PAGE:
Covid-19: 'Greed' helped UK's vaccines success and fraudsters steal £34.5m in scams

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Here are five things you need to know about the coronavirus pandemic this Wednesday morning. We'll have another update for you this evening.

1. Covid fraudsters steal £34.5m in scams

More than 6,000 cases of Covid-related fraud and cyber-crime have been recorded and £34.5m has been stolen during the pandemic in the UK. The Action Fraud team says that sum has been stolen since 1 March 2020, with the activity only covering England, Wales and Northern Ireland. Many of the scams involved conning people out of their money and financial details by focusing on internet shopping. The National Cyber Security Centre also reveals it is tackling about 30 "significant" attacks a month against the country's pandemic response infrastructure including the NHS, vaccine producers and vaccine supply chains.

Media caption,

Police raid the home of a man who has since pleaded guilty to fraud

2. 'Greed' helped UK's vaccines success, says PM

Boris Johnson has told a private meeting of Tory MPs that the success of the UK's Covid vaccine programme was because of "capitalism" and "greed". But sources say the prime minister had "very insistently" withdrawn his comments straight after making them during a Zoom call with backbenchers. A government source says Mr Johnson was referring to the profit motive driving companies to develop new products and the remarks were not connected to the EU row over vaccine supply. The PM also reportedly praised work by large drug companies during the pandemic.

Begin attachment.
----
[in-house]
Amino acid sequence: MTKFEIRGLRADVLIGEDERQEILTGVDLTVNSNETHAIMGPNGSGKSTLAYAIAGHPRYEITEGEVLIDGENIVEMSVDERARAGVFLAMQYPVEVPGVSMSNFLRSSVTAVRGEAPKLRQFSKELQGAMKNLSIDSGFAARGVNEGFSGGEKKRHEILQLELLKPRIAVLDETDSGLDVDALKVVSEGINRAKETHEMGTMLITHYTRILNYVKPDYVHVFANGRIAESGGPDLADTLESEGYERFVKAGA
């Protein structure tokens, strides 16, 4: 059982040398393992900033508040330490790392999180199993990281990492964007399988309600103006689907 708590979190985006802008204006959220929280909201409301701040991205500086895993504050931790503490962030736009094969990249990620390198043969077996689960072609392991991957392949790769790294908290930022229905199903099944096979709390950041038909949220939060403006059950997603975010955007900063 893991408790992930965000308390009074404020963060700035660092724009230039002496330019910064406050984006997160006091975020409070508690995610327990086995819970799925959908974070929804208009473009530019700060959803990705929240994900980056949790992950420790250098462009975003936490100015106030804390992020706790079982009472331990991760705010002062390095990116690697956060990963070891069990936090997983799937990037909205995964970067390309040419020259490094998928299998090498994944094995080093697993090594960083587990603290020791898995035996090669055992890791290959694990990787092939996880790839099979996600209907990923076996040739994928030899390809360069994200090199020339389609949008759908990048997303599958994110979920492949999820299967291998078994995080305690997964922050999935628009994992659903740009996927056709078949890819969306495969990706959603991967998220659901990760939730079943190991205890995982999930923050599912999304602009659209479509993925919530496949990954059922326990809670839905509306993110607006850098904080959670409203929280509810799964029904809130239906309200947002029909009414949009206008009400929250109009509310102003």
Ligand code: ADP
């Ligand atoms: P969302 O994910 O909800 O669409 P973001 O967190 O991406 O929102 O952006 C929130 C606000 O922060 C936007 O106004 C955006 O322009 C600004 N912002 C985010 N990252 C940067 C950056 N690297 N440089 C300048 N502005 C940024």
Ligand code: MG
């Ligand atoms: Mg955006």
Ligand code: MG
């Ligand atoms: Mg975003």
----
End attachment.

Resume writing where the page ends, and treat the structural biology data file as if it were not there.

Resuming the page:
Image source, PA Media

3. 'I've applied for more than 300 jobs in lockdown'

"There are definitely days when it's pretty tough." Alex is one of 1.74 million people currently out of work in the UK. She's been unemployed for most of the pandemic after being made redundant from her role at a finance company in March last year. At the start of the pandemic Alex's partner also lost his job and they moved in with his parents in London. "When I first got made redundant, I was terrified. But then Covid took over."

Image source, Getty Images

4. 'Alone is ok, but being lonely - it hurts'

"I'm grinning and bearing it but that doesn't mean it's easy." Raggie El-Koumos has lived on his own in Cornwall for the last 17 years, after his wife, Linda, died from cancer. Being alone "is ok", he says, "but being lonely... it hurts, and Covid-19 is not helping that at all." After conducting a year-long inquiry into loneliness, a group of MPs and peers is calling on the prime minister to commit to helping people reconnect socially when planning England's recovery from coronavirus.

5. UK shines 'beacon of remembrance' on lockdown anniversary

The year anniversary of the first UK lowdown was marked with candlelight vigils across the country last night. A candle of remembrance was placed outside No 10 Downing Street and major landmarks were lit up in yellow as part of the nationwide tribute to everyone who died in the pandemic.

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And don't forget...

Find more information, advice and guides on our coronavirus page. We've been looking at what next after lockdown and have found signs of hope among Newcastle's shuttered streets.

Image source, BBC

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